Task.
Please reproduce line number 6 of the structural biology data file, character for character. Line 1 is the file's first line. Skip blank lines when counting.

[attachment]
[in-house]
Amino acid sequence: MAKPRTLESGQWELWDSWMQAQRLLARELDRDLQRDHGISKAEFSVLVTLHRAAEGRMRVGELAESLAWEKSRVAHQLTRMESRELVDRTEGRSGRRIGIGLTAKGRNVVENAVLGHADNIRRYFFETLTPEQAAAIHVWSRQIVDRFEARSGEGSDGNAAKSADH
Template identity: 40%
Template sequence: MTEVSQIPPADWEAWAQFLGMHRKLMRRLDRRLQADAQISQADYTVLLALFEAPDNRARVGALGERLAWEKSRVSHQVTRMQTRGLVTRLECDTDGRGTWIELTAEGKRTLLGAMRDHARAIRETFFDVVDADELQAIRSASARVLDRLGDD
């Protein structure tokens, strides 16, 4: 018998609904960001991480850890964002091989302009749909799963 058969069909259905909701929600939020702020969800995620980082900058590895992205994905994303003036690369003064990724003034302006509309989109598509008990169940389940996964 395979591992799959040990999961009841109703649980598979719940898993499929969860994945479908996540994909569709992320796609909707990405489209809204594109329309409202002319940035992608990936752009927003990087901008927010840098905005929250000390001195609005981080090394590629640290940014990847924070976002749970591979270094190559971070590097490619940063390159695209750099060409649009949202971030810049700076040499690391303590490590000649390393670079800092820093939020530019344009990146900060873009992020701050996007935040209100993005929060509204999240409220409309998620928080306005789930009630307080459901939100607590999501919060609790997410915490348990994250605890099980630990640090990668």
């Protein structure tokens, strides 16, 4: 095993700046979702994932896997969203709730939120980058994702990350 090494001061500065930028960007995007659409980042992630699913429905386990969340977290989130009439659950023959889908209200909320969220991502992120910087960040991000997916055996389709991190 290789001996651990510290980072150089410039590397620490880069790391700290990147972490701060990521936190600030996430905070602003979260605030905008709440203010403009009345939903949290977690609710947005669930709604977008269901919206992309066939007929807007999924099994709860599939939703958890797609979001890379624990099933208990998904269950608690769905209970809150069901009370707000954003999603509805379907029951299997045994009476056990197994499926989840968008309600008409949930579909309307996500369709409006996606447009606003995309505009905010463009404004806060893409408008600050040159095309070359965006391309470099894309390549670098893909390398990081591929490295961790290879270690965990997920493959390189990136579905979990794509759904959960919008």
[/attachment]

């Protein structure tokens, strides 16, 4: 095993700046979702994932896997969203709730939120980058994702990350 090494001061500065930028960007995007659409980042992630699913429905386990969340977290989130009439659950023959889908209200909320969220991502992120910087960040991000997916055996389709991190 290789001996651990510290980072150089410039590397620490880069790391700290990147972490701060990521936190600030996430905070602003979260605030905008709440203010403009009345939903949290977690609710947005669930709604977008269901919206992309066939007929807007999924099994709860599939939703958890797609979001890379624990099933208990998904269950608690769905209970809150069901009370707000954003999603509805379907029951299997045994009476056990197994499926989840968008309600008409949930579909309307996500369709409006996606447009606003995309505009905010463009404004806060893409408008600050040159095309070359965006391309470099894309390549670098893909390398990081591929490295961790290879270690965990997920493959390189990136579905979990794509759904959960919008």